This Week In Mobile
Droning on About Privacy
Even as certain unnamed world leaders are suggesting people inject disinfectants to treat COVID-19 (…), tracing efforts at least are moving ahead more rapidly than expected.
European Commissioner for Internal Market and Services Thierry Breton reports Tim Cook will deliver an early version of Apple’s and Google’s contact tracing tech to developers on April 28. Not a moment too soon, as confirmed global cases have now reached 2.76 million, with 905,000 of those in the United States.
Users will be able to share their status with health authorities who can then contact anyone who passed within that user’s Bluetooth range. When done correctly, contact tracing allows health authorities to isolate chains of infection and, in the case of the US, may allow certain states to loosen quarantine restrictions earlier than others.
Critically, the tracing system will be voluntary and have protections in place for privacy.
But here’s where the voluntary and the involuntary begin to blur.
South Korea successfully used digital contact tracing to COVID-19, but drew heavily on surveillance cameras to keep track of the infected and limit their contact with healthy citizens.
It’s being used in India as well, where geo-fencing, CCTV footage, and even call records are also being employed to track primary and secondary contact of COVID patients.
That’s…well, a little less comfortable for our tastes. And then there are drones.
Drones have been used not only to lockdown shame in the UK, but now police in Connecticut are testing a drone that will monitor people for signs of “fever and coughing.”
We weren’t the only ones utterly horrified by the idea of a drone that searches the populace for symptoms, and the town has apparently revered course and flown right back out.
But that doesn’t mean there aren’t some real privacy issues being raised here, still.
Apple and Google have been pretty transparent about their project’s abilities and limits, as well as the potential privacy pitfalls inherent in contact tracing. But they can be as transparent as they’d like and it doesn’t solve the problem that we just don’t know how this technology will be used after we get the all clear and life is back to normal.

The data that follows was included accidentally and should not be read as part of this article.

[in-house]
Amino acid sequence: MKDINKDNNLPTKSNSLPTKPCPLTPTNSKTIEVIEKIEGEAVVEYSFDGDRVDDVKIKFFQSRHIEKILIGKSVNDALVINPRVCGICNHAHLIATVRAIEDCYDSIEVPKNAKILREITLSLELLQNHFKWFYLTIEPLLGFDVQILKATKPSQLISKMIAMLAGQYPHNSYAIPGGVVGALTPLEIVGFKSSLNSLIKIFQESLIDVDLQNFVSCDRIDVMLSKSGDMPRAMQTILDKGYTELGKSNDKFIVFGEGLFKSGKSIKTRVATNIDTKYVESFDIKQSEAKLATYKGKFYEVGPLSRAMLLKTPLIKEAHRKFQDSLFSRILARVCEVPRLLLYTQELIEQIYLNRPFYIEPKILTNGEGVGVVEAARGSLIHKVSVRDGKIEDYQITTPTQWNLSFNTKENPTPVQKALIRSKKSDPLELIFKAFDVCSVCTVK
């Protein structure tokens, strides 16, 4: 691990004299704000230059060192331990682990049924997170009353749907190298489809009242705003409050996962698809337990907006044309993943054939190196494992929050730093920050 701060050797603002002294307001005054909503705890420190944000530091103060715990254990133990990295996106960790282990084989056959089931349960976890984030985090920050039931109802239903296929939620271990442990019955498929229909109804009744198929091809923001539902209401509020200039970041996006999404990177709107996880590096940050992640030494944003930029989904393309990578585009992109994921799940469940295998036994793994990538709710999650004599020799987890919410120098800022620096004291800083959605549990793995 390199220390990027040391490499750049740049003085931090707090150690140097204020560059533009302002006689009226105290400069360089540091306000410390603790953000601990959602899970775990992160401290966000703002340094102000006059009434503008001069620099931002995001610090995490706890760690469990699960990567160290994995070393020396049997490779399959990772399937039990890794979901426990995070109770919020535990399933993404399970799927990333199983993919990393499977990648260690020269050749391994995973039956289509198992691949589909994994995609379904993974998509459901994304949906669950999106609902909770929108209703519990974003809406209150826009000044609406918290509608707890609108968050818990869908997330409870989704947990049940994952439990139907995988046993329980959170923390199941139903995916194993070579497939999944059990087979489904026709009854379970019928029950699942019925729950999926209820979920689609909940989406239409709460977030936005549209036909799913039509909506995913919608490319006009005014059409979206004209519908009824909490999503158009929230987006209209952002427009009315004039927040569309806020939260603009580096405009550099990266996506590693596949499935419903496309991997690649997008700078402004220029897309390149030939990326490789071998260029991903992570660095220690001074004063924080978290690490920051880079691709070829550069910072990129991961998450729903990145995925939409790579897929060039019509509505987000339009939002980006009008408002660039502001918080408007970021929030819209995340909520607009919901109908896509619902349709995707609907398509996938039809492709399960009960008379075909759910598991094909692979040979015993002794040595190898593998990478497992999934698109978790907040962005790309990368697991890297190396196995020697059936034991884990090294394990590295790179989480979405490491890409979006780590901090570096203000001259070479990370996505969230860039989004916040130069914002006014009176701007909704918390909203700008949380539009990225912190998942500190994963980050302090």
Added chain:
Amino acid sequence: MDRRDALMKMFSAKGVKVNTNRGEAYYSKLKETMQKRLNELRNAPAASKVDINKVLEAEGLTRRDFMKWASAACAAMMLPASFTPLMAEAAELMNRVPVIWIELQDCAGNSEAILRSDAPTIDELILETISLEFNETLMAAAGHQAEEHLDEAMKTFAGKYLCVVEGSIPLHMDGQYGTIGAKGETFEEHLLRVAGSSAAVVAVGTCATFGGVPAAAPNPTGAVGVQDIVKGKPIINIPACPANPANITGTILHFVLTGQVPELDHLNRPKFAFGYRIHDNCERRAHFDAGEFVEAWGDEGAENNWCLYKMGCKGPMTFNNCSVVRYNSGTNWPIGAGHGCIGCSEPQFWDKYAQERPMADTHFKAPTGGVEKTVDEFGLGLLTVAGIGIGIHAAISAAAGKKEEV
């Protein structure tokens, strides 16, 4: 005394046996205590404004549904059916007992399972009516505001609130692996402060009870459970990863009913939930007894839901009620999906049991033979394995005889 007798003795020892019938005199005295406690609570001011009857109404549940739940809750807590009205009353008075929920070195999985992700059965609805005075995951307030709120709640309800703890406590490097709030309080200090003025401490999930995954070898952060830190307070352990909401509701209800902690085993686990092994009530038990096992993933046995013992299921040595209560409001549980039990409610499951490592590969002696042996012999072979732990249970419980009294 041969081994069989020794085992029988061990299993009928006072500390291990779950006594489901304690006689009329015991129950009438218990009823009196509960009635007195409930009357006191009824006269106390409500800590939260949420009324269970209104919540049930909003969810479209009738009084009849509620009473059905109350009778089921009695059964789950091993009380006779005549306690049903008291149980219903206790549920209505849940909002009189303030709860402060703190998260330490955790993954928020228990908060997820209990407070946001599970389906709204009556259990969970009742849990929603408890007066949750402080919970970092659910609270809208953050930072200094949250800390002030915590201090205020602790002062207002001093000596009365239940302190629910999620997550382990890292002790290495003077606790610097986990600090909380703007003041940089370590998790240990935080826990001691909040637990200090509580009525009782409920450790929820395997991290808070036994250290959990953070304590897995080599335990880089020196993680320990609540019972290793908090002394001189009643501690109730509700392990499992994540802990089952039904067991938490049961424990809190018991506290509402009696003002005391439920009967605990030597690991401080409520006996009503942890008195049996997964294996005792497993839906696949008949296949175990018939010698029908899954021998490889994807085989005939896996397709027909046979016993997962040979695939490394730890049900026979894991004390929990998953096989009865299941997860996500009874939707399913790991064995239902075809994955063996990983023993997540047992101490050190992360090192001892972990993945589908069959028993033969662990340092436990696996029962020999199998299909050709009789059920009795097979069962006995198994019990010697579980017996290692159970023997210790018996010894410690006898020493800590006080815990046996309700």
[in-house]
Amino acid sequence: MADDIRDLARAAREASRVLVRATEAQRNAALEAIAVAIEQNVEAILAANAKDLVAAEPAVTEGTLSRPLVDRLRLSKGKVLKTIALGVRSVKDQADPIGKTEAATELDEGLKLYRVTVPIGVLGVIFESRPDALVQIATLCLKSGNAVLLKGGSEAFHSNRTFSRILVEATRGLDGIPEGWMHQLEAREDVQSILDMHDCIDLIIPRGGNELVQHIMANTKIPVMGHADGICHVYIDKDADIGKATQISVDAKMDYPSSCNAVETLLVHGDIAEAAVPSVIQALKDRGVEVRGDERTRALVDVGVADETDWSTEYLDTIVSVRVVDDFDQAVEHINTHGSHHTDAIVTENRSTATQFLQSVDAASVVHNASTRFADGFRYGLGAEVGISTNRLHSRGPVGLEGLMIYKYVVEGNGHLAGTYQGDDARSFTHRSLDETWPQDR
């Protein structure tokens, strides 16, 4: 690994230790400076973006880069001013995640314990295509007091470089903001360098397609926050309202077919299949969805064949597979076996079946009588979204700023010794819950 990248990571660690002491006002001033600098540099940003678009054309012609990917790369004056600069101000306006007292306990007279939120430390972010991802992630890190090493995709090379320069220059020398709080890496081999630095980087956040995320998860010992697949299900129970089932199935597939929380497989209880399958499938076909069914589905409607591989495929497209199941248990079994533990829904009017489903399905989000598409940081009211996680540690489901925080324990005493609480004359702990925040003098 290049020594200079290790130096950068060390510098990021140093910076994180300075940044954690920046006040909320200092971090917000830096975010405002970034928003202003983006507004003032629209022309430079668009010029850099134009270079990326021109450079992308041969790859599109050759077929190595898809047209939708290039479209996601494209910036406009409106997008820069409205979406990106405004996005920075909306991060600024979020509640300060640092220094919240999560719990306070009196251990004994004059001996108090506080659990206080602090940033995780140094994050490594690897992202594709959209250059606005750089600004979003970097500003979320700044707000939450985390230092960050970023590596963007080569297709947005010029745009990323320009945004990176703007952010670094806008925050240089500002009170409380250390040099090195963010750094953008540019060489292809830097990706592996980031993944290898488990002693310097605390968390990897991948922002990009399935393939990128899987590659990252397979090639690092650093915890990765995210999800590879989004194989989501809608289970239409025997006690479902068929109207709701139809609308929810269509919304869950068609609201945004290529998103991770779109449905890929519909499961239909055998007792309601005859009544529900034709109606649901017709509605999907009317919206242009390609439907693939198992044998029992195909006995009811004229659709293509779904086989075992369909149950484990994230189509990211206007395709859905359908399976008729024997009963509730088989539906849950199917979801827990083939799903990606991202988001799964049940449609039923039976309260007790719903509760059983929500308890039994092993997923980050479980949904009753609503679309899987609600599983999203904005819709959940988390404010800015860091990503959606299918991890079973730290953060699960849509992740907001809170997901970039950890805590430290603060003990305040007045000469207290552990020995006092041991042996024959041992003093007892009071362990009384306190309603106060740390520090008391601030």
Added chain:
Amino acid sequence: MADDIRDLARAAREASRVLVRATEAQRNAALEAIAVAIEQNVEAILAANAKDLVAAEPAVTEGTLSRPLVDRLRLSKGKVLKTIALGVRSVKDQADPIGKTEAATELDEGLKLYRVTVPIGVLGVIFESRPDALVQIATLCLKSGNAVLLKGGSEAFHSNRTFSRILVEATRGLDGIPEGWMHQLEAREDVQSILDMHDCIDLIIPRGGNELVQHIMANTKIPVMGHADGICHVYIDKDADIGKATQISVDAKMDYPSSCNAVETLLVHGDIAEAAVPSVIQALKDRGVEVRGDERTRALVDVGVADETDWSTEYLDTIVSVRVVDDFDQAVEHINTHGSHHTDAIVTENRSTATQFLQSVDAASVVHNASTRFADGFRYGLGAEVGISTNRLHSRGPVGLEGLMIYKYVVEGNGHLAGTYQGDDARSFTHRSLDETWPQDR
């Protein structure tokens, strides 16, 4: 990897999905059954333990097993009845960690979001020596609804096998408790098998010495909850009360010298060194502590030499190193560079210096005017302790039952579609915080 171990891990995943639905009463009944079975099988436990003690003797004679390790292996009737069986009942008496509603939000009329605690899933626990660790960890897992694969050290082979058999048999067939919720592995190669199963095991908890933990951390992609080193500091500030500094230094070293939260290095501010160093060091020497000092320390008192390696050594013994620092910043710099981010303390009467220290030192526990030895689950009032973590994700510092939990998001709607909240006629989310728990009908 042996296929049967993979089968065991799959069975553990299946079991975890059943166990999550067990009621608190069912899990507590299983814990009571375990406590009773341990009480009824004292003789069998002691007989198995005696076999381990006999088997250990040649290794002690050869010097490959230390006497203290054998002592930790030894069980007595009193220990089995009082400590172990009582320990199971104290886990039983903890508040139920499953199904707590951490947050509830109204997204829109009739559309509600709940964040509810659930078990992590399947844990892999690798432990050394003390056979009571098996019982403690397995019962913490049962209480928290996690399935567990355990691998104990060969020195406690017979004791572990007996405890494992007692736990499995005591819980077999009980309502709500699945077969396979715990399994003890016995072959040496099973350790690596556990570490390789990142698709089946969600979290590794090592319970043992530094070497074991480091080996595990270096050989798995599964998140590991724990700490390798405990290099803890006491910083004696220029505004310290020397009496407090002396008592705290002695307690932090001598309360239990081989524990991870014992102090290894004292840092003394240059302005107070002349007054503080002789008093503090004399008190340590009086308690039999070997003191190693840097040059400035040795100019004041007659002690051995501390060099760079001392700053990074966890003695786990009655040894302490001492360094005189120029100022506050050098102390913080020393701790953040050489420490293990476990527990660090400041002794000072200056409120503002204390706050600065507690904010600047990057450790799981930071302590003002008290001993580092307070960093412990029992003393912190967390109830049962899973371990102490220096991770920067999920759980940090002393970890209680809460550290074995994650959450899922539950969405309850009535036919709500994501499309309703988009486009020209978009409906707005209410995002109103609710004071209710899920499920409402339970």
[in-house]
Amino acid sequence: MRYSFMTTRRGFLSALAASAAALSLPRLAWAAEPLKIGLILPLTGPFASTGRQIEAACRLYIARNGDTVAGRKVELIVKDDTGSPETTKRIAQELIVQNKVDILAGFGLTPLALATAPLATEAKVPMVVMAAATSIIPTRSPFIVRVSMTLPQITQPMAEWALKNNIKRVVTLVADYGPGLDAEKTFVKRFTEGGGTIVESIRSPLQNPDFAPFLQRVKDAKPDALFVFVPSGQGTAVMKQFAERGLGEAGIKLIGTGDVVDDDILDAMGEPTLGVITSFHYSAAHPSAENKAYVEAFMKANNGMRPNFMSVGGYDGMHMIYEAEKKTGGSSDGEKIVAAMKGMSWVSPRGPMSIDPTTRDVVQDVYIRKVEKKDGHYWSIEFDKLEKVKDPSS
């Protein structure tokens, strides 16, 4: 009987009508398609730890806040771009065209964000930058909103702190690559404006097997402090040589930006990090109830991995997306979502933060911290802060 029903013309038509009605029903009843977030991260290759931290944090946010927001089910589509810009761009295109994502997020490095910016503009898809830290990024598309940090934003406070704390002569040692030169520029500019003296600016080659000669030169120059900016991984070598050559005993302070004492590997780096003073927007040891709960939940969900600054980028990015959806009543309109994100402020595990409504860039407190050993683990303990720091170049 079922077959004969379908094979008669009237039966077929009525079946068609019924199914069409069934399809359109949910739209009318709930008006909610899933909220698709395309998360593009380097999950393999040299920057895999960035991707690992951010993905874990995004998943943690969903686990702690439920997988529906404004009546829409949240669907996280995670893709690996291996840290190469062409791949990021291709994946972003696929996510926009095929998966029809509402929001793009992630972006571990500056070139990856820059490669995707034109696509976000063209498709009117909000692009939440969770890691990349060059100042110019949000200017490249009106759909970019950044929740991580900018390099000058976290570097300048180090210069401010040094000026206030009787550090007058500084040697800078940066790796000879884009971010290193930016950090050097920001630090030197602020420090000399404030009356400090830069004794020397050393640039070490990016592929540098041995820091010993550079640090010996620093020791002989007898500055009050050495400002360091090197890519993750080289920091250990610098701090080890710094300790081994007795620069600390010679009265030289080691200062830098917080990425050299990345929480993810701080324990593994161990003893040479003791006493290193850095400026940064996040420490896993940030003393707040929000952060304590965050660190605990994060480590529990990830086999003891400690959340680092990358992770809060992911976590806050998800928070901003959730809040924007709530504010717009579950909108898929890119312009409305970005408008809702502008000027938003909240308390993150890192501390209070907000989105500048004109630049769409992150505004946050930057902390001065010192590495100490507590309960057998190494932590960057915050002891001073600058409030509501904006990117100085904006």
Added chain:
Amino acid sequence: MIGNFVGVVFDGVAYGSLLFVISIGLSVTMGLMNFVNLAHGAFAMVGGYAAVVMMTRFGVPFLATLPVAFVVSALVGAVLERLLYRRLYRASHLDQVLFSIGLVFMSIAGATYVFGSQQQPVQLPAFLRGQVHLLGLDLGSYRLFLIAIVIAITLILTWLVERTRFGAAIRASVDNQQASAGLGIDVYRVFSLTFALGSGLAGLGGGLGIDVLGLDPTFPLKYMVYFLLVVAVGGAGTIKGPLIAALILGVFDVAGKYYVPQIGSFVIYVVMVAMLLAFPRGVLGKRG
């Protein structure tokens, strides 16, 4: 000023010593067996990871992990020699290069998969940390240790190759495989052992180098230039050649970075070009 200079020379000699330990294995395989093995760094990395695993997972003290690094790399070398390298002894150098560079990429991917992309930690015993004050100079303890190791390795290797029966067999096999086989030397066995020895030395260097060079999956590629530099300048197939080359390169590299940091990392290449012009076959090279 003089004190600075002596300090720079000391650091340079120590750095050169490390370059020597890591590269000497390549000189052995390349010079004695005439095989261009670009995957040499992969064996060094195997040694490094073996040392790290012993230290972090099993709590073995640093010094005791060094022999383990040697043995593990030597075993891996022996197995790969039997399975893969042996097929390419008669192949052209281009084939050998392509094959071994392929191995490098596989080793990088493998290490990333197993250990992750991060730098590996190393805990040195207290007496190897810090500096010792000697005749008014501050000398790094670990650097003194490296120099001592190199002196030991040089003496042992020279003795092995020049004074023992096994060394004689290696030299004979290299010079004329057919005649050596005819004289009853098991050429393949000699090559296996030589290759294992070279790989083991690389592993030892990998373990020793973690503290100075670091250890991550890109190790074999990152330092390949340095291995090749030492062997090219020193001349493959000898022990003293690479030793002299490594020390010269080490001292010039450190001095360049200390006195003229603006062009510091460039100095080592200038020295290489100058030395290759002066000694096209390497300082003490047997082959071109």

The Department of Health and Human Services has already said it’ll loosen privacy rules to make it easier for hospitals and their vendors to share medical records with public health officials.
Your medical records.
The White House Office of Science and Technology Policy has held individual meetings with Facebook, Amazon, Google, Facebook, and IBM to assess how to use smartphone data and other aggregated information to trace the spread of COVID-19 and determine if Americans are maintaining social distance. The focus, status, and meaning of those efforts is unclear.
And answers aren’t forthcoming.
HIPAA laws include language that allows federal officials to waive privacy rules in case of a public health crisis, but when HIPAA was passed in 1996 health data were primarily in the hands of hospitals, insurance companies, and doctors offices. Not Apple, Google, Facebook, and Amazon.
Not drones that watch you cough.
Morally, it’s difficult to argue that we shouldn’t do anything we can do to slow the spread right now. And with a second wave of COVID-19 expected to coincide with fall flu season, that doesn’t appear to be changing any time soon.
But this uneasy balance between privacy and safety is something we have to address sooner or later. It was a question after 9/11, and it’s a question now — how much of what we consider private are we willing to relinquish for the greater good?
And who do we trust to determine what the greater good is?